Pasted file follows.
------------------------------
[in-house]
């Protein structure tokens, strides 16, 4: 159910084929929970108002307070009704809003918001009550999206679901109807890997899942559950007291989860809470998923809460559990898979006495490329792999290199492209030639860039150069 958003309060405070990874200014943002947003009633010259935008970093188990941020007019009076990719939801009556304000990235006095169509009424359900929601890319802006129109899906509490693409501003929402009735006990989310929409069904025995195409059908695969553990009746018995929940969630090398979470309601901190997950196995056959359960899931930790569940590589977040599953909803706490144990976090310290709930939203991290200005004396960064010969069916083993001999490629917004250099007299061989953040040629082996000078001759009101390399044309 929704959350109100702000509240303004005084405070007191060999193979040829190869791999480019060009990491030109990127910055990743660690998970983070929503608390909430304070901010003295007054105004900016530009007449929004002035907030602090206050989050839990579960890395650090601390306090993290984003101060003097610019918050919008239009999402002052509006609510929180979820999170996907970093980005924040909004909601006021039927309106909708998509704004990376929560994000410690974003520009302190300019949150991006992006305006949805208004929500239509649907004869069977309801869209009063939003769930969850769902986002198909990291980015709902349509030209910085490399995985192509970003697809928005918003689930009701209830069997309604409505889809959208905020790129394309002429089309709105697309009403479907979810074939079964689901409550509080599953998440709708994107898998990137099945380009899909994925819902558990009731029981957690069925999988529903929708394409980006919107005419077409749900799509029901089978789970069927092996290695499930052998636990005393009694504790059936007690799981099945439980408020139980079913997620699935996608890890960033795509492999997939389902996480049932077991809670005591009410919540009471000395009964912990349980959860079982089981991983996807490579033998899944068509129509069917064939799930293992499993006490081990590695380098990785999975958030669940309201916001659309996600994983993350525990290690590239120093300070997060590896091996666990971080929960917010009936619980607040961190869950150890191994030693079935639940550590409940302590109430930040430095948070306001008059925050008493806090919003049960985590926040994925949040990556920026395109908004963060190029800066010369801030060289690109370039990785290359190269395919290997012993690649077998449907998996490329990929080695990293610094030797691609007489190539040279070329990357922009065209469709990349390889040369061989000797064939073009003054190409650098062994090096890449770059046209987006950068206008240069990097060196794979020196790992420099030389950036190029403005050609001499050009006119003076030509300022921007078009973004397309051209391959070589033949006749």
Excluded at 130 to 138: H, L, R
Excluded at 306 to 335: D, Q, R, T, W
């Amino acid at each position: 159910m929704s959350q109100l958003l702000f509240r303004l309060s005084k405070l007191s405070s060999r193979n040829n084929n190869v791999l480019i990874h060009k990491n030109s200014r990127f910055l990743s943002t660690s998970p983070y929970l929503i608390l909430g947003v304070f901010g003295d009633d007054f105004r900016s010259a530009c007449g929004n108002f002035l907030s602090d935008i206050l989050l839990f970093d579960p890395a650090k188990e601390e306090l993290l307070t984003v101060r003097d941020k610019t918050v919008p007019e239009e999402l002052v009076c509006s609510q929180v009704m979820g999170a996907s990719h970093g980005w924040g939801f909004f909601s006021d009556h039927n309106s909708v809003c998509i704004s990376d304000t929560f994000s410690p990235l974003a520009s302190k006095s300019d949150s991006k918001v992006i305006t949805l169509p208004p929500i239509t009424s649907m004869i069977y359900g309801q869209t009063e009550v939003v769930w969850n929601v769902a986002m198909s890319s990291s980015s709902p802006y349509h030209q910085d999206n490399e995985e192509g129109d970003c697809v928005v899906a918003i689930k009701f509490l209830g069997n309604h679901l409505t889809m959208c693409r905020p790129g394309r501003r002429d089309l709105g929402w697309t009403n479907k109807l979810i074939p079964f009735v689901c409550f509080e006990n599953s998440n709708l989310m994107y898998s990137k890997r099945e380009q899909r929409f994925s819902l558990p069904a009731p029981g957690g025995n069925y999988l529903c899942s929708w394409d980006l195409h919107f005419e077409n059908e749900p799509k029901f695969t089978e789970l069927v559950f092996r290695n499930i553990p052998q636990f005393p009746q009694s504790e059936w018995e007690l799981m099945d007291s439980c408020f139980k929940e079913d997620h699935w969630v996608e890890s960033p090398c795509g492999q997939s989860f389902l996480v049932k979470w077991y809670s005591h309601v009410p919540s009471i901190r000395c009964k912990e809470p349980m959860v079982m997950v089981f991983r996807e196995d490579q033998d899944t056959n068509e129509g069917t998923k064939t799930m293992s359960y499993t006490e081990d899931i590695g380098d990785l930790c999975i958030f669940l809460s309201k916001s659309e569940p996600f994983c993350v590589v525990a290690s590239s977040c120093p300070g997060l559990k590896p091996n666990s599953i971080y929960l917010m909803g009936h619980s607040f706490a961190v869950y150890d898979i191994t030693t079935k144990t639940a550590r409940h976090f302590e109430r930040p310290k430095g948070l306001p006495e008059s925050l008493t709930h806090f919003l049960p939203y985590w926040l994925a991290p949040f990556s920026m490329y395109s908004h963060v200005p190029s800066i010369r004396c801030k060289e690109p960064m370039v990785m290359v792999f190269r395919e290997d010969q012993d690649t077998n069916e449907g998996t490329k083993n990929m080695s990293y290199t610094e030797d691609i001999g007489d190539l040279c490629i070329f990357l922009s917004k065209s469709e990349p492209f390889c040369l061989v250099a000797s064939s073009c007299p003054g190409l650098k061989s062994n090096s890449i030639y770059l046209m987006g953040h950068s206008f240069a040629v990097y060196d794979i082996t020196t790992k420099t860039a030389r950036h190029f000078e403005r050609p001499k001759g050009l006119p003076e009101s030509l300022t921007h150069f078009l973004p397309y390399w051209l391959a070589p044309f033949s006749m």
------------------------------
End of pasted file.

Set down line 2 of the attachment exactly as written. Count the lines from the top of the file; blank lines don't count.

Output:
């Protein structure tokens, strides 16, 4: 159910084929929970108002307070009704809003918001009550999206679901109807890997899942559950007291989860809470998923809460559990898979006495490329792999290199492209030639860039150069 958003309060405070990874200014943002947003009633010259935008970093188990941020007019009076990719939801009556304000990235006095169509009424359900929601890319802006129109899906509490693409501003929402009735006990989310929409069904025995195409059908695969553990009746018995929940969630090398979470309601901190997950196995056959359960899931930790569940590589977040599953909803706490144990976090310290709930939203991290200005004396960064010969069916083993001999490629917004250099007299061989953040040629082996000078001759009101390399044309 929704959350109100702000509240303004005084405070007191060999193979040829190869791999480019060009990491030109990127910055990743660690998970983070929503608390909430304070901010003295007054105004900016530009007449929004002035907030602090206050989050839990579960890395650090601390306090993290984003101060003097610019918050919008239009999402002052509006609510929180979820999170996907970093980005924040909004909601006021039927309106909708998509704004990376929560994000410690974003520009302190300019949150991006992006305006949805208004929500239509649907004869069977309801869209009063939003769930969850769902986002198909990291980015709902349509030209910085490399995985192509970003697809928005918003689930009701209830069997309604409505889809959208905020790129394309002429089309709105697309009403479907979810074939079964689901409550509080599953998440709708994107898998990137099945380009899909994925819902558990009731029981957690069925999988529903929708394409980006919107005419077409749900799509029901089978789970069927092996290695499930052998636990005393009694504790059936007690799981099945439980408020139980079913997620699935996608890890960033795509492999997939389902996480049932077991809670005591009410919540009471000395009964912990349980959860079982089981991983996807490579033998899944068509129509069917064939799930293992499993006490081990590695380098990785999975958030669940309201916001659309996600994983993350525990290690590239120093300070997060590896091996666990971080929960917010009936619980607040961190869950150890191994030693079935639940550590409940302590109430930040430095948070306001008059925050008493806090919003049960985590926040994925949040990556920026395109908004963060190029800066010369801030060289690109370039990785290359190269395919290997012993690649077998449907998996490329990929080695990293610094030797691609007489190539040279070329990357922009065209469709990349390889040369061989000797064939073009003054190409650098062994090096890449770059046209987006950068206008240069990097060196794979020196790992420099030389950036190029403005050609001499050009006119003076030509300022921007078009973004397309051209391959070589033949006749």